Fertilizer production and storage

With more than half of the world’s food supply dependent on fertilizer due to nutrient lacking soil, the importance of fertilizer production, fertilizer storage and transport continues to grow. By supplying crops with essential nutrients, fertilizers facilitate the efficient use of land resources and improve overall crop quality and production yields.

The world’s leading producers of inorganic fertilizers are China, India, United States, Russia, Canada and Brazil, with the global market pegged at $83.5 billion US in 2020.  

What are fertilizers?

Inorganic fertilizers commonly used in the agricultural sector are NPK; fertilizer that is primarily composed of three elements: Nitrogen, Phosphate and Potassium. Different ratios of NPK are combined to produce the optimal fertilizer for each agricultural application.

  • Nitrogen is characterized as ammonium, nitrate, ammonium sulfate and other nitrogen solutions. The role of Nitrogen is to improve a plants’ ability to photosynthesize, improving growth and crop yields.
  • Phosphate consists of MAP (monoammonium phosphate), DAP (diammonium phosphate) and triple superphosphate, and it supports the formation of oils, sugars and starches and the growth of roots.
  • Potassium, known as Potash, improves water retention, activates vital plant enzymes, fights disease and improves crop quality.

Fertilizer particles are often coated to control their solubility in soil. By controlling a fertilizer’s solubility, a prolonged nutrient release can be achieved, resulting in more uniform plant nutrition. Urea, a fertilizer with the highest N content, is the base material for the majority of the coated fertilizers. Sulfur, resin-based polymers and polyethylene polymers are widely used coating agents for fertilizer granules or prills.

Fertilizer production & cooling

For fertilizer production, the varying inorganic components are granulated and blended together. This blending can be achieved through a pipe reactor system or a rotating drum process, resulting in fertilizer prills of an ideal size. The most important step in fertilizer production is cooling, which is required for proper storage and transport. Elevated fertilizer temperatures will result in product caking during storage and transport, leading to breakage and a lower-valued end product.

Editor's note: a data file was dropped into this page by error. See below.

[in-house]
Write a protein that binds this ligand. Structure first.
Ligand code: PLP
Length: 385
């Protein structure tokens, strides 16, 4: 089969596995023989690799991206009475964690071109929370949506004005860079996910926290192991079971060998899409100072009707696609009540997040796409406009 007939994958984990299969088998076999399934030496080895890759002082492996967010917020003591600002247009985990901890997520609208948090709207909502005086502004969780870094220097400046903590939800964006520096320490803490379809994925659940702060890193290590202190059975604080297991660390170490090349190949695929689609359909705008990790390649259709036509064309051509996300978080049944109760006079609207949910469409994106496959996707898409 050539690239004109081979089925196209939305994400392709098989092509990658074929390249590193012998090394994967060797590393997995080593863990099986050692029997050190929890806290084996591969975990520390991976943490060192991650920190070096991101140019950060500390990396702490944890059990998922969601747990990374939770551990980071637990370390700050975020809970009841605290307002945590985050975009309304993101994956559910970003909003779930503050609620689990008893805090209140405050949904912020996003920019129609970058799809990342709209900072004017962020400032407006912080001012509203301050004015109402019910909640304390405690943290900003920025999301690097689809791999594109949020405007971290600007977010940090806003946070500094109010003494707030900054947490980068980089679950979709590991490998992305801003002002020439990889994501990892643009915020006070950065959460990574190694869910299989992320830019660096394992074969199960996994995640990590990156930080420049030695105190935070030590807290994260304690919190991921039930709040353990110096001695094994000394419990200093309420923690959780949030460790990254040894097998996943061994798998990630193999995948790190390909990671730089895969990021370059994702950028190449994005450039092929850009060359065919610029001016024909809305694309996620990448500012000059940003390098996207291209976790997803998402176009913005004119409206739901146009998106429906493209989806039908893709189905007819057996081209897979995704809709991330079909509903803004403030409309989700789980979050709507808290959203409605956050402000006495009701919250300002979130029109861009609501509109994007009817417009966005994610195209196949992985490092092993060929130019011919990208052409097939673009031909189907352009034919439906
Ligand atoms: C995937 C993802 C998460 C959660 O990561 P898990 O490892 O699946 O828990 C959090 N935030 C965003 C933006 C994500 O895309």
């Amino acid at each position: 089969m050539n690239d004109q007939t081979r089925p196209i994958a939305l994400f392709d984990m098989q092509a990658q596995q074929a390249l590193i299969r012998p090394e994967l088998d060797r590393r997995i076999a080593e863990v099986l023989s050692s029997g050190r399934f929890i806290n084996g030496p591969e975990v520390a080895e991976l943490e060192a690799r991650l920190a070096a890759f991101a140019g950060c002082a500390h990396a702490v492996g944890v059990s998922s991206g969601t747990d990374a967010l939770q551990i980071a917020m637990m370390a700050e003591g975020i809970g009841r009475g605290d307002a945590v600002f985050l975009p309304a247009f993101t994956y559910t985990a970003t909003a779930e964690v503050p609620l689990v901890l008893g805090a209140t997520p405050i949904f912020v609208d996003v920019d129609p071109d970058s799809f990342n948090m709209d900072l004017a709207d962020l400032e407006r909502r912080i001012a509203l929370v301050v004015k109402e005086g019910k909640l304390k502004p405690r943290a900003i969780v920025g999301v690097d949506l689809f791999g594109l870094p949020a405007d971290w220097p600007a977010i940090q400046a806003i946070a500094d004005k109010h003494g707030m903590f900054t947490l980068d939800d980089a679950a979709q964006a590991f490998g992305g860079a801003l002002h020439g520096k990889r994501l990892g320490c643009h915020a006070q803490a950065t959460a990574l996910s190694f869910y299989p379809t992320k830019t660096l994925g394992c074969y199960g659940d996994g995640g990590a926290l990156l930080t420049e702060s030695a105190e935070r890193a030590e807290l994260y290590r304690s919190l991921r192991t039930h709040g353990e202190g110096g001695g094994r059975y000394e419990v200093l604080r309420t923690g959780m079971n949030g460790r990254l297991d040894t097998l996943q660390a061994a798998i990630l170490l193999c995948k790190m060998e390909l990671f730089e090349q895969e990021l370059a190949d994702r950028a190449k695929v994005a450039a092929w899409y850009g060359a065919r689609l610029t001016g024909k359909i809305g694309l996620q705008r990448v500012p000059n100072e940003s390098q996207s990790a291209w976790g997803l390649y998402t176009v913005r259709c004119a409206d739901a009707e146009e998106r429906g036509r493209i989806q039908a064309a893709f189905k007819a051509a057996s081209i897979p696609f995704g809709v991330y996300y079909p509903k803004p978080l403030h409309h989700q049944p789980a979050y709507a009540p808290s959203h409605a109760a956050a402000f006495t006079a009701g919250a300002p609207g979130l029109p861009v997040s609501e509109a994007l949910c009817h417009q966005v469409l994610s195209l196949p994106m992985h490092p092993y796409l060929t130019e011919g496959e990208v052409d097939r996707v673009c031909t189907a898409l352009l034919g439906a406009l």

By nature, fertilizers are hygroscopic, meaning that they attract and absorb moisture from the surrounding air. Moisture transfer between the product and air will cause the humidity of the surrounding air to increase, leading to condensation and product caking.

The critical relative humidity (CRH) governs the relationship between dew point and product temperature. For example, when a fertilizer’s CRH is lower than the ambient air’s relative humidity, the product will absorb moisture from the air which will cause caking. To prevent this reaction, cooling the product to an ideal temperature for storage and transport is extremely important and will lead to a higher quality end product.

Direct contact cooling

Fertilizers can be cooled through direct-contact moving bed head exchangers (MBHEs) such as air coolers or fluid bed coolers in granulation and prilling plants. In these instances, cooling capacity is restricted to the height or capacity of the cooling tower.

Rotary drum drying and cooling machines can cool fertilizer granules from 60°C to 80°C to an end temperature of 40°C and can reduce moisture content to 2-3% from 20-30%. Hot air first passes through the rotary drum dryer to remove moisture, then the product is transferred to the rotary drum cooling machine by conveyor or bucket elevator. Cooling air passes through the body of the machine to lower the product’s final temperature.

Indirect cooling

MBHEs such as vertical plate technology use a modular design to cool fertilizer granules through conduction. The product passes through vertical banks of stainless steel plates in mass flow, as cooling water flows through the plates indirectly cooling material through conduction.

Air is not used in this process, preventing contamination and degradation of the final product.

Understanding the CRH of each fertilizer and customizing water temperatures, prevents caking within the unit. As gravity is the mechanism that slowly moves the product through the indirect cooler, the end result is a product with a stable and uniform final temperature.

This solution is also ideal for capacity increases due to the small footprint, low installation costs and minimal maintenance. Overall, vertical plate technology has seen a 90% decrease in energy consumption due to the elimination of air cooling methods.

With a growing demand on the fertilizer industry and increasingly stringent environmental regulations, the need to efficiently increase plant capacity and produce high quality fertilizer is gaining global attention. Inevitability, adequate cooling remains the key factor to the success of fertilizer producers.

Want to learn more? Visit our fertilizer page. Or contact us today for more information on indirect fertilizer cooling through vertical plate technology.


This entry was posted in Fertilizers, Potash and tagged Cooling and last updated on May 2, 2022


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